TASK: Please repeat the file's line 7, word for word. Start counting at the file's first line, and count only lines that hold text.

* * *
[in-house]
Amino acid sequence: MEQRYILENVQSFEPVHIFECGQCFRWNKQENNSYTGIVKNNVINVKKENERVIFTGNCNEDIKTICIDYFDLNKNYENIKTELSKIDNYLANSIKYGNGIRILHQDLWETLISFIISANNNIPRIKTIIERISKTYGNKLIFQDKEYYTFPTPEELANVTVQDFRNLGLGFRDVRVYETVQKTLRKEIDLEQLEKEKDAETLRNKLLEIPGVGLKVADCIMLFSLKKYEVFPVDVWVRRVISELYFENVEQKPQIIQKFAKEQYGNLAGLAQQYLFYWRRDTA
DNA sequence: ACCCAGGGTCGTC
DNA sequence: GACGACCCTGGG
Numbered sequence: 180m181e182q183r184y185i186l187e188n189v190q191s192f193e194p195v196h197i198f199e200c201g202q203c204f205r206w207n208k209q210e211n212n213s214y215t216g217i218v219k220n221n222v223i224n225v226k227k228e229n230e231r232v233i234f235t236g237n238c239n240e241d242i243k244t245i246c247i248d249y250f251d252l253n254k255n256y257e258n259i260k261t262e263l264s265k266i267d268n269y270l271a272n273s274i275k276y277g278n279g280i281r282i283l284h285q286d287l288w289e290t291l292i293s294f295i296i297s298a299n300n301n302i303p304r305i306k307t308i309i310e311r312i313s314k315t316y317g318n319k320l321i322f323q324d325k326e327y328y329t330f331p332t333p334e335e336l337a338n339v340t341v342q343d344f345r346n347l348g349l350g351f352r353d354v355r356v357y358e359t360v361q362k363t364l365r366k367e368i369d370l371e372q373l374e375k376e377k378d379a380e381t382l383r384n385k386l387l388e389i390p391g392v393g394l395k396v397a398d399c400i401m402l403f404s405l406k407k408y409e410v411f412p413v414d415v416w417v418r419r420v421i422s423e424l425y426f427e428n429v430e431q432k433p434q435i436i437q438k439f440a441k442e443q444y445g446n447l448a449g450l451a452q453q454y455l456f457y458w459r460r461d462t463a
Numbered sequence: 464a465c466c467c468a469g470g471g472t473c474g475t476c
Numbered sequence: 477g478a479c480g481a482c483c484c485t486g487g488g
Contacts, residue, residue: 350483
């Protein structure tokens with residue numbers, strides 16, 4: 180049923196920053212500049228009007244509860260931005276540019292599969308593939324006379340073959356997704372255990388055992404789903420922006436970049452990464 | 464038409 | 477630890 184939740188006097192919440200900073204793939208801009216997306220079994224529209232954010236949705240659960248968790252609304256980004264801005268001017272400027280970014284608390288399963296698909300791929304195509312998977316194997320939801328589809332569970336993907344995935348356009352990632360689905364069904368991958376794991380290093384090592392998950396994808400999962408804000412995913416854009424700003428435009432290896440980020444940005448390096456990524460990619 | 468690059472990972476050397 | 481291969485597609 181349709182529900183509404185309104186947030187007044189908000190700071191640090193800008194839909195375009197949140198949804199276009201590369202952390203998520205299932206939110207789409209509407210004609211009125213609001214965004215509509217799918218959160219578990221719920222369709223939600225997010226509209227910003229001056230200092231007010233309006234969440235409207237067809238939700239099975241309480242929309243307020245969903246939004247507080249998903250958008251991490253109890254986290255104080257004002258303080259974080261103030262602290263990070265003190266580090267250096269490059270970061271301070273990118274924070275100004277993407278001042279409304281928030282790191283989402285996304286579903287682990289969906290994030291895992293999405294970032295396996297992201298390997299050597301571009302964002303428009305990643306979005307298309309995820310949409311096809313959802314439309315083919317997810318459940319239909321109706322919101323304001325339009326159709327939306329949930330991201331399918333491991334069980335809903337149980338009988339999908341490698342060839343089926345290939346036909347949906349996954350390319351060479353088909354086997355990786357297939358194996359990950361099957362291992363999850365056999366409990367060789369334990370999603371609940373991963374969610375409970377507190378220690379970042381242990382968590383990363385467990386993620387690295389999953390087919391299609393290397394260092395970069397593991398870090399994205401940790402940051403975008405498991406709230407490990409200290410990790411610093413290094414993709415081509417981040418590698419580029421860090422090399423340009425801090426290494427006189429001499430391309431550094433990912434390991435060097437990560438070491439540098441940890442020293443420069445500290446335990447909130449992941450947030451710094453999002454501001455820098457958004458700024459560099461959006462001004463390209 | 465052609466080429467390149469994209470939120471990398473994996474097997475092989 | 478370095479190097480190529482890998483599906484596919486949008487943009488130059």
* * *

Numbered sequence: 477g478a479c480g481a482c483c484c485t486g487g488g